But to be fair to Sheikh Hasina’s dispensation, forces loyal to her in Dhaka (primarily from the Detective Branch of the Bangladesh Police) began an investigation into what turned out to be a major controversy. However, a news report of the time had stated that the NSI has issued a statement denying the alleged business involvement of Paresh Baruah, stating that “when National Security Intelligence is continuing to uphold the national interest of Bangladesh by strengthening the professional skills within the organisation, publishing a report by the local newspapers and news sites, quoting an unknown foreign news source, without verification, goes against the national interest and is a heinous attempt. The report is totally imaginary and is created to serve interest of any vested interest group. Publication of such report, quoting an important intelligence agency of the country, without verifying the content of the news catered by an unknown foreign news source is part of international conspiracy, which can create instability in Bangladesh.”


The ULFA, too, denied the reports, which linked Baruah to two large business conglomerates of Bangladesh that have reportedly received money from ULFA. The two business houses, Bashundhara Group and Jamuna Group in question are huge business conglomerates of Bangladesh, but are reported to be business rivals. While only unbiased investigation could unravel the veracity of the allegation, one aspect that security observers in Assam are unanimous about is Paresh Baruah’s almost decade long investments in Bangladesh. After all, where were the huge sums of monies that were extorted from Assam and business houses that have interest in Assam kept? It seems to be a well-known fact that Baruah—in the alias of Kamruddin Zaman Khan—had important stakes in shipping, shrimp farming and garment industry in Bangladesh, returns from which he subscribed to the international gun-running industry. The fact that he has been named as a conspirator and primary recipient of the 2 April 2004 Chittagong arms consignment—alongside important Bangladeshi officials—is reason enough to question the source of his funds and the sort of nexus he had with both Bangladesh officialdom and the business community.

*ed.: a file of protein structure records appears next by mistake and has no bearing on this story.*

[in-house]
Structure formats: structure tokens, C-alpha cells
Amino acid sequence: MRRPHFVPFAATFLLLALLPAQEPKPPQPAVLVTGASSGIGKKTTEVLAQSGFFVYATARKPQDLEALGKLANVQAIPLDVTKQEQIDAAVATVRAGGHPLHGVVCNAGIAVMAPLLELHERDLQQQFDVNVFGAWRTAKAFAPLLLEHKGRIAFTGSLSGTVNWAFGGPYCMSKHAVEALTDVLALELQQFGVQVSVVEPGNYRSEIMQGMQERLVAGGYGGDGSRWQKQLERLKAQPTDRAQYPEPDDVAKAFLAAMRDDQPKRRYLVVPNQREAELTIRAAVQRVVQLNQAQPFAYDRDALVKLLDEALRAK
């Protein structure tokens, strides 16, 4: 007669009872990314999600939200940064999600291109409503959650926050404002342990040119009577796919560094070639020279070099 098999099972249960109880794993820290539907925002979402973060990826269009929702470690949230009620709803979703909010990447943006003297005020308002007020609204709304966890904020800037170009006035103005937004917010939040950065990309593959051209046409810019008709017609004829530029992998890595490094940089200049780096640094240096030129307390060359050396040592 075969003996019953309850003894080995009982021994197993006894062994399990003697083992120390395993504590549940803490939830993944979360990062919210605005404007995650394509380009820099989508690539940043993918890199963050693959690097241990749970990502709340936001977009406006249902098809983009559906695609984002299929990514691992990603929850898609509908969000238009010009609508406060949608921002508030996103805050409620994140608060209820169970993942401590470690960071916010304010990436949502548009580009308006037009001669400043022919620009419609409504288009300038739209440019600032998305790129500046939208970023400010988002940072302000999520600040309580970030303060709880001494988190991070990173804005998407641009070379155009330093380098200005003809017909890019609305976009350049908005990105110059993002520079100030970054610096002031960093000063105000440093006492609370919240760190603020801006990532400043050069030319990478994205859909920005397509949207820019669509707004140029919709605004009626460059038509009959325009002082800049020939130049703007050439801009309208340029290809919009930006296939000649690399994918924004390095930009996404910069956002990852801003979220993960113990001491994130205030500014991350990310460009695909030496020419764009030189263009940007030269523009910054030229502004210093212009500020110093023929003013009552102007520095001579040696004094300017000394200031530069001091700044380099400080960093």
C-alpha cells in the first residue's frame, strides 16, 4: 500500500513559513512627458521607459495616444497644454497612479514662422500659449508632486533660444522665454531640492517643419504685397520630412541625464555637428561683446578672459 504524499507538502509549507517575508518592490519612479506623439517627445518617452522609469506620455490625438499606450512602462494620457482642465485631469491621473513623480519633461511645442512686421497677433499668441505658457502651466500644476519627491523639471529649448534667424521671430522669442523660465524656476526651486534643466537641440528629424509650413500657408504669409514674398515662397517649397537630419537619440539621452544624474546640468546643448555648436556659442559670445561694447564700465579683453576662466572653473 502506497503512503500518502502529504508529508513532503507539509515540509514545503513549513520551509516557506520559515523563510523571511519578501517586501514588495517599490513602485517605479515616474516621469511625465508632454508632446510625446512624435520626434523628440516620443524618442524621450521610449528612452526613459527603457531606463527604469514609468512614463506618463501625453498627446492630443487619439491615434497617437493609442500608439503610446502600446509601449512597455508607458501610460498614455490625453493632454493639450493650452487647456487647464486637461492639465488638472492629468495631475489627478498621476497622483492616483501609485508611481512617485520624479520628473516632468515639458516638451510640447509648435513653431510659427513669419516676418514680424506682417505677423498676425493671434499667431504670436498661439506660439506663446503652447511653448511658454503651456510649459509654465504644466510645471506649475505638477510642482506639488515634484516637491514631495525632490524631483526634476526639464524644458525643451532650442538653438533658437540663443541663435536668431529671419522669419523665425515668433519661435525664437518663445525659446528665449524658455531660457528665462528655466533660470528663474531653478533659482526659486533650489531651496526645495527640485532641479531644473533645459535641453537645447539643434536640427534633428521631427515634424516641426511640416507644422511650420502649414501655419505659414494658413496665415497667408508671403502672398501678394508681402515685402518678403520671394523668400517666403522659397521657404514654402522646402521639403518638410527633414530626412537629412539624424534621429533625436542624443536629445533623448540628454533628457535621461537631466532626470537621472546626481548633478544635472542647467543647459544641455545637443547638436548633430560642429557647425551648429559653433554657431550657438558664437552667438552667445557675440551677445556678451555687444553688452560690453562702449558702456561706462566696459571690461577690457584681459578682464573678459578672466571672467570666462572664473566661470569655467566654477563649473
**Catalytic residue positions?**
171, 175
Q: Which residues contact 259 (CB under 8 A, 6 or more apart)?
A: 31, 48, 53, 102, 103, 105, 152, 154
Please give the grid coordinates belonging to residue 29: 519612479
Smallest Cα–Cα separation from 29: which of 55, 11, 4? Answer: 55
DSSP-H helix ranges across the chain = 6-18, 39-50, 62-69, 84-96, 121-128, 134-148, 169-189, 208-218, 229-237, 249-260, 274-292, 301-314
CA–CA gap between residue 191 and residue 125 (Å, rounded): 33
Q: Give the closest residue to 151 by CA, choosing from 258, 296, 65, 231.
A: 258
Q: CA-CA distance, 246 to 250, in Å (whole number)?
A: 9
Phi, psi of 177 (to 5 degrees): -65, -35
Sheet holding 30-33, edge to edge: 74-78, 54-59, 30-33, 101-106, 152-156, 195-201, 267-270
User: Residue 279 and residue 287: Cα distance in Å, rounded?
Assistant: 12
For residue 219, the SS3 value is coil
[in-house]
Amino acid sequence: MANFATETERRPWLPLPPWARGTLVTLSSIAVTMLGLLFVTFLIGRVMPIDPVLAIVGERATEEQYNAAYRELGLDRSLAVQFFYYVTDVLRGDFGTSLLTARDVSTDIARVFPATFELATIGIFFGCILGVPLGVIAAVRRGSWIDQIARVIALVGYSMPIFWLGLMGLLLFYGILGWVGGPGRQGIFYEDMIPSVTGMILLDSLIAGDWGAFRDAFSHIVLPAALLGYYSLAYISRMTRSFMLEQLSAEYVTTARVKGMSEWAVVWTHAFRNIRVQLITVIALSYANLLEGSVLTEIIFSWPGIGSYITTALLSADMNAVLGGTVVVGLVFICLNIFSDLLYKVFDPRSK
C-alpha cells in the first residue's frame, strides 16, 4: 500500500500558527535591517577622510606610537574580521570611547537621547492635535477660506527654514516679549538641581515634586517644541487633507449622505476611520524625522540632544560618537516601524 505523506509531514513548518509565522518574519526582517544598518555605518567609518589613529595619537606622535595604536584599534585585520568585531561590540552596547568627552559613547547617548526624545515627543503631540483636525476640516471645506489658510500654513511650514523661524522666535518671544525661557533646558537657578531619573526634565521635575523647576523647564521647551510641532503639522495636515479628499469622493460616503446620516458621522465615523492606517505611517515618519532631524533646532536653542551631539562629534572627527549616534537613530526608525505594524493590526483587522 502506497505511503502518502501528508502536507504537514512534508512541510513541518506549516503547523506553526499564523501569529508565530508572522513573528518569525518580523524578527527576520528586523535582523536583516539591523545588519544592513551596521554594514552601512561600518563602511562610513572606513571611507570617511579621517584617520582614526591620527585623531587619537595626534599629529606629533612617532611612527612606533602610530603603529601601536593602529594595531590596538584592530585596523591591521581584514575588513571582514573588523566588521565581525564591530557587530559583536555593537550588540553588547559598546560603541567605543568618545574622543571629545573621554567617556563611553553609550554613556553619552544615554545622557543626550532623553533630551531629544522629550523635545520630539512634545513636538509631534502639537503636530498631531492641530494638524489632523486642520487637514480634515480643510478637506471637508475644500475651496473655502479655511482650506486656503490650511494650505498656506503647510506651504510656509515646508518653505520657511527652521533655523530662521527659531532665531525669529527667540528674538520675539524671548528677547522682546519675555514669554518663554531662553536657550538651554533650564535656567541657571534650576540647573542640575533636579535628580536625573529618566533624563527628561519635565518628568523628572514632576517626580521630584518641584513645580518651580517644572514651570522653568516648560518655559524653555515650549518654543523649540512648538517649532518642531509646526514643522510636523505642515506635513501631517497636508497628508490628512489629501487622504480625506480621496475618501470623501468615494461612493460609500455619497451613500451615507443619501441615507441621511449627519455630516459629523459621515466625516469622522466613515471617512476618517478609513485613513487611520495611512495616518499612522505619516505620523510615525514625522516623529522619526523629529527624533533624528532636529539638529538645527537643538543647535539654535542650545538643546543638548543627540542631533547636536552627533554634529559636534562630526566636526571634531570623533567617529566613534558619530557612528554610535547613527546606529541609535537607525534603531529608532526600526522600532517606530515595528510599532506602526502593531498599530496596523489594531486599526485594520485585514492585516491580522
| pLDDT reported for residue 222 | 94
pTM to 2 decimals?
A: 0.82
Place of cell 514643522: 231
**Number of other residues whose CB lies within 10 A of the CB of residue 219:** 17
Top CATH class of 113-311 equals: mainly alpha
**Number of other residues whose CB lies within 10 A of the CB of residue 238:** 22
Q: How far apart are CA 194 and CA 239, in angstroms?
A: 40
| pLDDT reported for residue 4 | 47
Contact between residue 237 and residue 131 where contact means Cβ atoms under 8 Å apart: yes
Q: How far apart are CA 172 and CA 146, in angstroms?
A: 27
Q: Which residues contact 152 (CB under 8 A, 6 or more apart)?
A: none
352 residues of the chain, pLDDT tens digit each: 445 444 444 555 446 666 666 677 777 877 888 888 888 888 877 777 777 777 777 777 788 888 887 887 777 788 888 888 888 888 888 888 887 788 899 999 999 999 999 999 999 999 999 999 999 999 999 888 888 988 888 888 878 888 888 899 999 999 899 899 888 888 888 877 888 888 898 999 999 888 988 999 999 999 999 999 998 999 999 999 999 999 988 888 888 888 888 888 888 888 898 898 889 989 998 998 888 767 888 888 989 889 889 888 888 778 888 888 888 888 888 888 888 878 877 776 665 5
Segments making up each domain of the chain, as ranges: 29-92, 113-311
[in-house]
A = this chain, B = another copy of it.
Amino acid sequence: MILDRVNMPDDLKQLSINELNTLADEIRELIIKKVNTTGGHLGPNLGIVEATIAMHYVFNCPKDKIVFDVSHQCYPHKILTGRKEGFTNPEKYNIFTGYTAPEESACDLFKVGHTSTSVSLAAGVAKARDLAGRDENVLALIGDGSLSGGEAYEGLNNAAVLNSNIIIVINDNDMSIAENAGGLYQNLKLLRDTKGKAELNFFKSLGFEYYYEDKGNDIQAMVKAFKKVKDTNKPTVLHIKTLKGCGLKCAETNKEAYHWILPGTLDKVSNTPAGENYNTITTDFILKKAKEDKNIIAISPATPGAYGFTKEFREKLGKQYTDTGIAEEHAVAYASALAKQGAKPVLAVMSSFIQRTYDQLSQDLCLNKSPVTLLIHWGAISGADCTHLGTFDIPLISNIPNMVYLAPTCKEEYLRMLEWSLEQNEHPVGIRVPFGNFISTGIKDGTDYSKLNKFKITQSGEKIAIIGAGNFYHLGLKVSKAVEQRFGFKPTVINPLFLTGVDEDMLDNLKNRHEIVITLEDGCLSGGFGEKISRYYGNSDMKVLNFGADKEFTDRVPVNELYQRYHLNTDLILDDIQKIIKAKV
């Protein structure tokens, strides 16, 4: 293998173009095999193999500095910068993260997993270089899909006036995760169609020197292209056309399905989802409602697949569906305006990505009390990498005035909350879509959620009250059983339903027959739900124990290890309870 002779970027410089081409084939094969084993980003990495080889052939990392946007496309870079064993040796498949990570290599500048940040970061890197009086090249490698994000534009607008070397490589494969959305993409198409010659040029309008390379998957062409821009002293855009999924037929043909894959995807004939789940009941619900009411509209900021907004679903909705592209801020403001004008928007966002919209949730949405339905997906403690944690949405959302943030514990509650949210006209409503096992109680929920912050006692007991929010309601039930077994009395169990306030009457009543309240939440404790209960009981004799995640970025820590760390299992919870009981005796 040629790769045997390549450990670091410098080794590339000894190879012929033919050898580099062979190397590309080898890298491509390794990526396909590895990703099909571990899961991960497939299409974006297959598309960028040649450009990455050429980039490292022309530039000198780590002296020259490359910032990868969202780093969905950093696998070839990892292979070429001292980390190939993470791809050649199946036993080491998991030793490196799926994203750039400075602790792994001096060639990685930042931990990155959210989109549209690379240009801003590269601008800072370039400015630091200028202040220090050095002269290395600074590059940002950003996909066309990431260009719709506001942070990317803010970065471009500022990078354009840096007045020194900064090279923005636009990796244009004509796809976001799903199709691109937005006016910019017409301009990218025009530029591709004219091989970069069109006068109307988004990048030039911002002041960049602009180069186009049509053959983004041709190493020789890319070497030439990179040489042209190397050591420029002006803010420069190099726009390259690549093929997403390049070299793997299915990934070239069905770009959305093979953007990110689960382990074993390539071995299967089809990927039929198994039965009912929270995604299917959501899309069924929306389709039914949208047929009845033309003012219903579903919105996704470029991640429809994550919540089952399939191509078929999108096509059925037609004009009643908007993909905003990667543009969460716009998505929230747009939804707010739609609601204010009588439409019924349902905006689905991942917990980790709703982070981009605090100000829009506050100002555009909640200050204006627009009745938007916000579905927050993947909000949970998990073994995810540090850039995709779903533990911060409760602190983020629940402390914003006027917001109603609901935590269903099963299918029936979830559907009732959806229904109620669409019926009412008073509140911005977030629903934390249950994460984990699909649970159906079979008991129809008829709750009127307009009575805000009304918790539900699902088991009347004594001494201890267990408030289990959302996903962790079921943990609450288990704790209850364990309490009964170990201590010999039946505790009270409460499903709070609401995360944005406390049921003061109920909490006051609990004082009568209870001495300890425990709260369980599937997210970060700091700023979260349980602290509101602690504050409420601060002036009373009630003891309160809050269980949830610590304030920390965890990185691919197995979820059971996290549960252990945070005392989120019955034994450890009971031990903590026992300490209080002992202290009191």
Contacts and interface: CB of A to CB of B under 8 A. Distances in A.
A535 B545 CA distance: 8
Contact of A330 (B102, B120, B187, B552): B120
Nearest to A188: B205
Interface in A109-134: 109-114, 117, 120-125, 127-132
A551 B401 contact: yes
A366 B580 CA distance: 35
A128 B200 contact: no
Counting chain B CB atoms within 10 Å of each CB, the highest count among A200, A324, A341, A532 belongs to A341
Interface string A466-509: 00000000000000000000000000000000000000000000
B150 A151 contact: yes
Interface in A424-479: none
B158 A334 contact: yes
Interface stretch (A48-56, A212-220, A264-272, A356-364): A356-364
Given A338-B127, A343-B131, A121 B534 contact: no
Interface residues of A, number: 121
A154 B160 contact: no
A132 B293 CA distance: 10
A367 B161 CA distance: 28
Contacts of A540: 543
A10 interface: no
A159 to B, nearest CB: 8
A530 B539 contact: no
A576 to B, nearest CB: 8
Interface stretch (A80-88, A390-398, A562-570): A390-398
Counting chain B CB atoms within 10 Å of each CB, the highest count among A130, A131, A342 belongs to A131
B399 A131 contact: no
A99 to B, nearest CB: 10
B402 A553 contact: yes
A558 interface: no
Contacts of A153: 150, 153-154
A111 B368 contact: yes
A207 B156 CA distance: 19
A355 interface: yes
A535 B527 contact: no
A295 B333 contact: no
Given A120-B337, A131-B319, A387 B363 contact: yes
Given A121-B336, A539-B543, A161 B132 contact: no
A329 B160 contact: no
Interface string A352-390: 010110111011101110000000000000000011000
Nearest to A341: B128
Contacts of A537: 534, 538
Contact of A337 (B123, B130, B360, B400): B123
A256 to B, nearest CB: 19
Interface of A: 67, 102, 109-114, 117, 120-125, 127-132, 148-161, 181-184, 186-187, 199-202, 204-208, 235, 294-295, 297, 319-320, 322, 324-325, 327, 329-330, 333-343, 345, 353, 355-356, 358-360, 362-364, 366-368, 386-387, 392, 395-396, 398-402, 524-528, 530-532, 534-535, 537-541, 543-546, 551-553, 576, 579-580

Another disturbing report about illegal finance transaction and trade that had surfaced during the period in question is the news that more than 70 terror actors from Bangladesh have invested huge sums of money in Indian stock markets and real estate business, especially in Kolkata and Mumbai. Names of criminals like Rafiqul Islam Kajol, terror suspect Mollah Masud and Prakash Biswas had surfaced in this regard. These were serious allegations, especially in light of the realignment of Islamist terror regime in the sub-continent. The Indian connection with the dual epicentre of terror that continues to constitute Islamists in Bangladesh and Pakistan’s ISI-led terror network must be probed in its entirety, as should be the extent to which ULFA had businesses in Bangladesh. This is despite the fact that Sheikh Hasina has most honourably cracked down on all Indian Insurgent Groups (IIGs) billeted in the erstwhile East Pakistan. Indeed, recently the Director General of the Indian Border Security Forces has stated that camps belonging to IIGs are “almost zero”, and the ones that continue to function in Sherpur and Moulvibazar are at best temporary, especially as ULFA’s now defunct 109 Battalion commandant, Drishti Rajkhowa invariably operate out of the Garo Hills alongside the Garo National Liberation Front.


Both India and Bangladesh—especially with the new resolve to jointly fight terror—cannot afford to hide behind denials and diplomacy. Prudence lies in unravelling the truth before it becomes too unwieldy to handle. This must be taken up, even if it leads to temporary embarrassment in what must turn out to be a permanent alliance.


Disclaimer: The views and opinions expressed in this article are those of the author and do not necessarily reflect the view of Manipal Advanced Research Group.